The Bluejays, who re-entered the poll for a third time this season on Monday, are projected as a No. 6 seed in the NCAAs.

The tournament wraps up Saturday night.


The Big Ten opens it tournament Wednesday in Chicago with No. 5 Purdue and No. 19 Indiana as the only ranked teams, though the Boilermakers are in the mix for a No. 1 regional seed in the NCAAs.

The Boilermakers are the top seed for Chicago and BracketMatrix listed them as the fourth of the top seeds.

The Boilermakers and Hoosiers both begin play in Friday's quarterfinals with the title game coming Sunday.


The Pac-12 has two ranked teams in contention for lofty NCAA seeds as the league tournament opens Wednesday in Las Vegas.

Second-ranked UCLA is surging down the stretch and has its highest ranking of the season, putting it in position to contend for a No. 1 regional seed as the top No. 2 seed in BracketMatrix's projections. Eighth-ranked Arizona is also looking likely for a 2-seed.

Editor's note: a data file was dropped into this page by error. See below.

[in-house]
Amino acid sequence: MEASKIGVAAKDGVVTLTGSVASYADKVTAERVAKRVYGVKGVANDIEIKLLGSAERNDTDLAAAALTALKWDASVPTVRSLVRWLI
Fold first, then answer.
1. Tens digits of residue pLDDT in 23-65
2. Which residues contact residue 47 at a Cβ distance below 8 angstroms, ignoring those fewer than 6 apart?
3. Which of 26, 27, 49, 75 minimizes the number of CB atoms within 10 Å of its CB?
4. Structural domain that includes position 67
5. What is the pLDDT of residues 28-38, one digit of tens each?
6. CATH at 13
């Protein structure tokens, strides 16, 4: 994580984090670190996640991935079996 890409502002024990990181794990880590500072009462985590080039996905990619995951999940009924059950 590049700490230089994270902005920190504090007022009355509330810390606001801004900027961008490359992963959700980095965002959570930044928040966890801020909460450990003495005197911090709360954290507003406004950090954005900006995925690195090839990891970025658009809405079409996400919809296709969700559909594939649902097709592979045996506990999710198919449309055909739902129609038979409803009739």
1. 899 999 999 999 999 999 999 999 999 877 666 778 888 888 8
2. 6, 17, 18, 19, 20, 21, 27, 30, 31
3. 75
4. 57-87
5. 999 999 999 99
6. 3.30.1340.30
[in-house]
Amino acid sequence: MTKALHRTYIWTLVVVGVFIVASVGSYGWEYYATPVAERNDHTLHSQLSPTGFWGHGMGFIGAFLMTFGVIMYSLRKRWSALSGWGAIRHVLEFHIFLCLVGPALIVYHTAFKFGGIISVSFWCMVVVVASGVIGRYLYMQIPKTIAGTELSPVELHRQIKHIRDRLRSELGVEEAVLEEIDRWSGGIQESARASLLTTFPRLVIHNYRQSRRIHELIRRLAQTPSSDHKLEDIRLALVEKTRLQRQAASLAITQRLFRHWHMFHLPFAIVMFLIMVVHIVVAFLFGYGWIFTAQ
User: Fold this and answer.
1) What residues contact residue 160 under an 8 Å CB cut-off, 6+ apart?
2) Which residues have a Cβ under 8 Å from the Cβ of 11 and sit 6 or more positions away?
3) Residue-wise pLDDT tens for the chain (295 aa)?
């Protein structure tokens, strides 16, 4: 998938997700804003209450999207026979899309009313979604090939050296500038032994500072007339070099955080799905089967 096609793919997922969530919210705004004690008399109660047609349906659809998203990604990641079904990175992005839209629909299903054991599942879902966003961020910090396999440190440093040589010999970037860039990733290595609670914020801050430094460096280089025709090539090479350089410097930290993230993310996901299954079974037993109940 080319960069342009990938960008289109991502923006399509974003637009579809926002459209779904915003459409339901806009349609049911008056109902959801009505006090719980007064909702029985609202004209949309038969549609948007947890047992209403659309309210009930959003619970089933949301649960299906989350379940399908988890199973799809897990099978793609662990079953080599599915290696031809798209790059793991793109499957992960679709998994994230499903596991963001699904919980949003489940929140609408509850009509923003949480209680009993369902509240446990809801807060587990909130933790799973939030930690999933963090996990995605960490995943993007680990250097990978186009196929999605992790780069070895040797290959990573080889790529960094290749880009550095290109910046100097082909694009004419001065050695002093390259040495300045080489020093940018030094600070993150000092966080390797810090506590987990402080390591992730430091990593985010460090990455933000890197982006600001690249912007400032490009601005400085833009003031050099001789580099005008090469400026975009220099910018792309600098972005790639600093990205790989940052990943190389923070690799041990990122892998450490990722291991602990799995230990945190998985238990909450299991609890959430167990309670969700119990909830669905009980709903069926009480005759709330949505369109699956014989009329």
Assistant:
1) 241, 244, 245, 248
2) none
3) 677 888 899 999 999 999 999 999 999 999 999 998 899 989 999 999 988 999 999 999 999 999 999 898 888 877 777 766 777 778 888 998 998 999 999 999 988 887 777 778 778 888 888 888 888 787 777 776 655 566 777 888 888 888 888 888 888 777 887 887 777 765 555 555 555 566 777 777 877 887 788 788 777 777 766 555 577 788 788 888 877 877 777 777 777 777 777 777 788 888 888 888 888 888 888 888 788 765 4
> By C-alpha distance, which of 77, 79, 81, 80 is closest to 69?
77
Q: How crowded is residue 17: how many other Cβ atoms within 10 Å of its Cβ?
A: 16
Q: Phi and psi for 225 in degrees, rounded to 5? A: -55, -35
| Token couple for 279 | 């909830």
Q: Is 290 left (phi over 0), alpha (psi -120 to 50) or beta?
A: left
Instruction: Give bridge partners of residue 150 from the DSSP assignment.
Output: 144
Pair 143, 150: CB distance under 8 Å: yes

The Bruins and Wildcats split their regular-season meetings, with UCLA winning Saturday's regular-season finale while holding the top seed for Las Vegas. Both teams open play Thursday.


Fourth-ranked Alabama is the top seed for the Southeastern Conference Tournament beginning Wednesday in Nashville, Tennessee. And the Crimson Tide could be in contention for the top overall NCAA seed with a title run.

Alabama (26-5) owns the top seed in the SEC and opens play in Friday's quarterfinals, finishing a game ahead of No. 18 Texas A&M in the regular-season race.

The tournament also features No. 17 Tennessee, No. 23 Kentucky and No. 25 Missouri, with the title game set for Sunday.